Vintage buyer Debbie Buck participated in this year’s Banned Book read-out by performing an excerpt from It Came From Beneath the Sink, a book that is part of R.L. Stine’s Goosebumpsseries, one of the most challenged collection of books in the ‘90s. “The series is really popular and hard to keep in stock right now,” said Buck. “Goosebumps gets kids to read, and if some parents had their way, the books would no longer be available.  My focus is on the kids’ books, so I wanted to choose a children’s book.”

“No matter how big or small, how much effort you can put into it, creating a Banned Book display, putting up posters or signs, inviting folks to do videos, it all opens communication and helps keep readers local,” said Milner.

John Waters is one of the many authors to participate in the Banned Books read-out at City Lights.

City Lights in San Francisco, California, has turned its Banned Books Week plans into a month-long celebration, said Stacey Lewis, the store’s director of publicity and marketing.

For the BBW read-out, City Lights asked some of the store’s favorite local people — including authors, artists, publishers, journalists, and museum directors — to come and share an excerpt from their favorite banned book.

“When we initially sent out invitations to participate, most people responded excitedly saying they were very honored to be asked to take part, so we were encouraged, and realized that we could keep this thing going beyond Banned Books Week,” said Lewis. “Thus, our celebration of Banned Books Week all month long was born!”

 City Lights is featuring a different reader every day on the store’s blog during the entire month of October. The store also posted a reading by Lawrence Ferlinghetti, City Lights founder and a long-standing advocate for free speech. In the video, Ferlinghetti reads from Joyce’s A Portrait of the Artist as a Young Man.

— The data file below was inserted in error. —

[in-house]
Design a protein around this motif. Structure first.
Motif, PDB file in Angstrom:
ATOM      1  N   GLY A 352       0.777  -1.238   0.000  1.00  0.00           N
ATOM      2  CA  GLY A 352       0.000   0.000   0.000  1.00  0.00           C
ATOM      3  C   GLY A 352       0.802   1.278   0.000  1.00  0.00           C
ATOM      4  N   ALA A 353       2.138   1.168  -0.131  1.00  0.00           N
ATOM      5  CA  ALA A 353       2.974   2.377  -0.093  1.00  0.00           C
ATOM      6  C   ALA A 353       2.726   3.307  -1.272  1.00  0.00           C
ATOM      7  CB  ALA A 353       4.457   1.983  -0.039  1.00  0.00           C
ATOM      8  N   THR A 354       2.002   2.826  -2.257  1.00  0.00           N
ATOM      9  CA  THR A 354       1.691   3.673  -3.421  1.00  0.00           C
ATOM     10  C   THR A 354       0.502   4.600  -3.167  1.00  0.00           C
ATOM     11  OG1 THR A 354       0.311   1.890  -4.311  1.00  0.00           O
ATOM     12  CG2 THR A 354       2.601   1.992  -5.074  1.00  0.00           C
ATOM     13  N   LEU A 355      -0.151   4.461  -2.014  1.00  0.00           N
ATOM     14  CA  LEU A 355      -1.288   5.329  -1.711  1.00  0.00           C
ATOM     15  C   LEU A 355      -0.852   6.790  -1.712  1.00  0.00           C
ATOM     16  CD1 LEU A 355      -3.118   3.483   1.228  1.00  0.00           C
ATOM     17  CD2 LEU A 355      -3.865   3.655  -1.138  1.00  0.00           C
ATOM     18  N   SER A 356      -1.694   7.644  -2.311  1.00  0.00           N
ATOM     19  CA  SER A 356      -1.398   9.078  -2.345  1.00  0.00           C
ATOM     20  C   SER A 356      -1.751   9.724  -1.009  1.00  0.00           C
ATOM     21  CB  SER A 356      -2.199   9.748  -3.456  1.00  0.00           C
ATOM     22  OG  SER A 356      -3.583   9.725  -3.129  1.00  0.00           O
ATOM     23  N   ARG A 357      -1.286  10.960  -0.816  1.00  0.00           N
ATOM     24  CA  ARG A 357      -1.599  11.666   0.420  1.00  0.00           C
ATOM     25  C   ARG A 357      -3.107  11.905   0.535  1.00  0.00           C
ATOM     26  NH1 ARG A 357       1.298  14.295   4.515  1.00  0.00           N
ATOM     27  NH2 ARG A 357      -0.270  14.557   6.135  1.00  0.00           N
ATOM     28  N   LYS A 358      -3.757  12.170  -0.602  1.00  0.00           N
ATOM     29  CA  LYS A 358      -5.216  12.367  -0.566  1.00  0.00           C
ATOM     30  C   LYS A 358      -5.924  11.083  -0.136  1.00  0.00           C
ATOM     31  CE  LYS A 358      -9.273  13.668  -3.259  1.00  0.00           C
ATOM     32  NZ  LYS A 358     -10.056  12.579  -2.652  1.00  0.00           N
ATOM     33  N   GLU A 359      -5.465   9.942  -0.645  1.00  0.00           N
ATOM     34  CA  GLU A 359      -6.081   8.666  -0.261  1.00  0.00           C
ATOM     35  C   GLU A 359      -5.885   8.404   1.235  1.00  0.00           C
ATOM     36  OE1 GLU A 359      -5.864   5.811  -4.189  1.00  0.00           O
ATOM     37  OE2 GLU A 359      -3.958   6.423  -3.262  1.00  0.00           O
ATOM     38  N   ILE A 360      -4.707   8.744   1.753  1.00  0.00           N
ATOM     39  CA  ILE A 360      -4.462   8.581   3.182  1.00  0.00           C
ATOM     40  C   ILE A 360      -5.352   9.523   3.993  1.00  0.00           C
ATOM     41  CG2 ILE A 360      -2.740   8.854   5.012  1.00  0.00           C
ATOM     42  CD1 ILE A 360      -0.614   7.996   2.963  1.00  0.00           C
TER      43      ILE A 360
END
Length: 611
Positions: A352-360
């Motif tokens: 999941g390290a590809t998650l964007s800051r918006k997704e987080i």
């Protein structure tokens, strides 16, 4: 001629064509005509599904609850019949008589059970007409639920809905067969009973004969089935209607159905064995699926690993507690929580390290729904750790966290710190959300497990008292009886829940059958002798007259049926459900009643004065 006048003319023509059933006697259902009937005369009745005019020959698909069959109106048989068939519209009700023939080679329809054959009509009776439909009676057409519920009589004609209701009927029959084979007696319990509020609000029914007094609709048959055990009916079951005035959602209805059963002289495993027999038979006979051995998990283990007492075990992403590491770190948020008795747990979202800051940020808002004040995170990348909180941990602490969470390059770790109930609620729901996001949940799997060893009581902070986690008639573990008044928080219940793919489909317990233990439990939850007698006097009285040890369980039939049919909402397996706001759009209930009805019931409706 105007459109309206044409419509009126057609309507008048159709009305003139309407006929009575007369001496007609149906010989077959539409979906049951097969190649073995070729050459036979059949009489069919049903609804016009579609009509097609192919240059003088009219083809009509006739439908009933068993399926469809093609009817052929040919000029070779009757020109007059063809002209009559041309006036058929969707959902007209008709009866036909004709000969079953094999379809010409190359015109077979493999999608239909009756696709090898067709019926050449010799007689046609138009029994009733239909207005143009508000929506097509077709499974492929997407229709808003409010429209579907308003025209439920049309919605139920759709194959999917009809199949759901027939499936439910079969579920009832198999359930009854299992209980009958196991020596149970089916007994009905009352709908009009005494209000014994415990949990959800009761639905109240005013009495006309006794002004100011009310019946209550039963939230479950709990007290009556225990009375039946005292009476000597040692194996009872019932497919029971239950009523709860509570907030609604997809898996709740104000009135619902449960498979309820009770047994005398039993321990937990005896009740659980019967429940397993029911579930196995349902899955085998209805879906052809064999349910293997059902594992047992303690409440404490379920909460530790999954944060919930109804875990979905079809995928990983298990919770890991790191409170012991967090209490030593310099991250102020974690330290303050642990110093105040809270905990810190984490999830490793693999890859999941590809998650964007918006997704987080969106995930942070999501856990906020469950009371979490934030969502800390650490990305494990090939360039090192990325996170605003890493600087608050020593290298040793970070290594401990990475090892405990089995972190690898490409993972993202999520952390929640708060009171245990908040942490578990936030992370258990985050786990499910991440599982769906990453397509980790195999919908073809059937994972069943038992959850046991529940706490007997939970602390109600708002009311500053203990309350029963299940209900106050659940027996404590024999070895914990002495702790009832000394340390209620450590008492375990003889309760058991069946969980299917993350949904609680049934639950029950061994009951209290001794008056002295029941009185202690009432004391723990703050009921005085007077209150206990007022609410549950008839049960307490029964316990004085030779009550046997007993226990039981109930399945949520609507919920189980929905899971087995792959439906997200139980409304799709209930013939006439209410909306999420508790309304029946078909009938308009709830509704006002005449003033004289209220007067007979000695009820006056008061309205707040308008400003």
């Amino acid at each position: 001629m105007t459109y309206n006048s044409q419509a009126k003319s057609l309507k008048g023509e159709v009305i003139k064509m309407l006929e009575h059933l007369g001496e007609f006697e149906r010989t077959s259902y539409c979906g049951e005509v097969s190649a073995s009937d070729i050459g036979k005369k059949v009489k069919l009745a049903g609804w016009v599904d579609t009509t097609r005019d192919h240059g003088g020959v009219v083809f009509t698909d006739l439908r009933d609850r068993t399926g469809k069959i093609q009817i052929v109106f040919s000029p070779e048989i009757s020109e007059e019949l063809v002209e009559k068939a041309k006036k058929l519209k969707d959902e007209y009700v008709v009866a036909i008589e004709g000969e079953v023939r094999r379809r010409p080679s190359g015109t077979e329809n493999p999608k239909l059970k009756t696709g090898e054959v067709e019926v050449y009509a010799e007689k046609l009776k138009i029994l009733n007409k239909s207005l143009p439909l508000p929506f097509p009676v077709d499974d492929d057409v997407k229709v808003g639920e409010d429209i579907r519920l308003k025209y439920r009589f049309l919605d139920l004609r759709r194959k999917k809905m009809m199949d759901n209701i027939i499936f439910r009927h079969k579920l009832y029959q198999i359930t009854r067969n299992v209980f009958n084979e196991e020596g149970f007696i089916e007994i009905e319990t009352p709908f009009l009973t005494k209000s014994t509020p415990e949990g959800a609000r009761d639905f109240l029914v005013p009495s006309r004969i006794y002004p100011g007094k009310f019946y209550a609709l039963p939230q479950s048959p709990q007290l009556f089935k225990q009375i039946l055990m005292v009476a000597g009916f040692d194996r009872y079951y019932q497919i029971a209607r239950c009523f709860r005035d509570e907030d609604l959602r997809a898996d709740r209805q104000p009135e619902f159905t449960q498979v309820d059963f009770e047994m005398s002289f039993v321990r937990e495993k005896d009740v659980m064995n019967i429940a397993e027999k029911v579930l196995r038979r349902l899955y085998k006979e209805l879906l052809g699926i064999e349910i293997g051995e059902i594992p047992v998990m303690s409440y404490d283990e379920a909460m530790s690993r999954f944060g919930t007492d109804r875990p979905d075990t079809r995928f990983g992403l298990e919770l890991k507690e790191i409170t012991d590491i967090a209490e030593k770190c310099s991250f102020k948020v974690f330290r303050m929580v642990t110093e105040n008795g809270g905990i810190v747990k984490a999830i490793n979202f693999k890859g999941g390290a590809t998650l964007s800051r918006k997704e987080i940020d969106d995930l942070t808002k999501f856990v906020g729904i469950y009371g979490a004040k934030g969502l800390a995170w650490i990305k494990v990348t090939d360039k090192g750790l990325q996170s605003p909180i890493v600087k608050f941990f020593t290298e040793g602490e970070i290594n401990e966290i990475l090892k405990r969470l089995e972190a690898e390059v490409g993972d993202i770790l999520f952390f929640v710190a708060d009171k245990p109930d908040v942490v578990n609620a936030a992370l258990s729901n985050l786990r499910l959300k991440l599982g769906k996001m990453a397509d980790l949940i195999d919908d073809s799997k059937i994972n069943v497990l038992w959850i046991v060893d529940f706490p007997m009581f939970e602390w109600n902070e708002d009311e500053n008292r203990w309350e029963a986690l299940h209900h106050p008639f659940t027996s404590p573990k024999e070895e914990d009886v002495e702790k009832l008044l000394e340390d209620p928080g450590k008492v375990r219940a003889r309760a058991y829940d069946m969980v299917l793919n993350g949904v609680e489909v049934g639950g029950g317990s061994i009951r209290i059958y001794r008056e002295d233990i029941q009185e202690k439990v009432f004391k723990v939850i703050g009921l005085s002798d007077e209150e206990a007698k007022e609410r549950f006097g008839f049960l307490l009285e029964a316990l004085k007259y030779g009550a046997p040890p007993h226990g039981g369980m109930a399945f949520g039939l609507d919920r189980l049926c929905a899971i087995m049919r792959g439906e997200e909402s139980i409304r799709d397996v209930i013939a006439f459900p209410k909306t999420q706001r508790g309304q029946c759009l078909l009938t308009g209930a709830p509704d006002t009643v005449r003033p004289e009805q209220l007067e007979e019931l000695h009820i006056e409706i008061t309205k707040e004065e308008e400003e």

Also this year, City Lights is featuring titles that the Tucson Unified School District in Arizona essentially banned when the school suspended its Ethnic Studies program last December in an effort to ban classes that encourage the overthrow of the government, promote ethnic solidarity, or treat students as members of groups rather than individuals. “The books used in their Ethnic Studies and Mexican American Studies program were boxed up and are now headed for an uncertain future given that the district terminated those courses,” said Lewis.

“It’s a natural fit for independent booksellers to recognize and celebrate Banned Books Week given that many stores champion voices that are deemed by some to be controversial or challenging, and do not have to answer to a corporate board regarding what books they choose to sell,” Lewis added. “And, City Lights’ own part in the history of protecting free speech — with Lawrence Ferlinghetti’s publication and successful defense of Allen Ginsberg’s Howl — stands as a landmark reminder of the crucial role booksellers and publishers have in making alternative, contrarian, and sometimes unpopular viewpoints available to a mass audience.”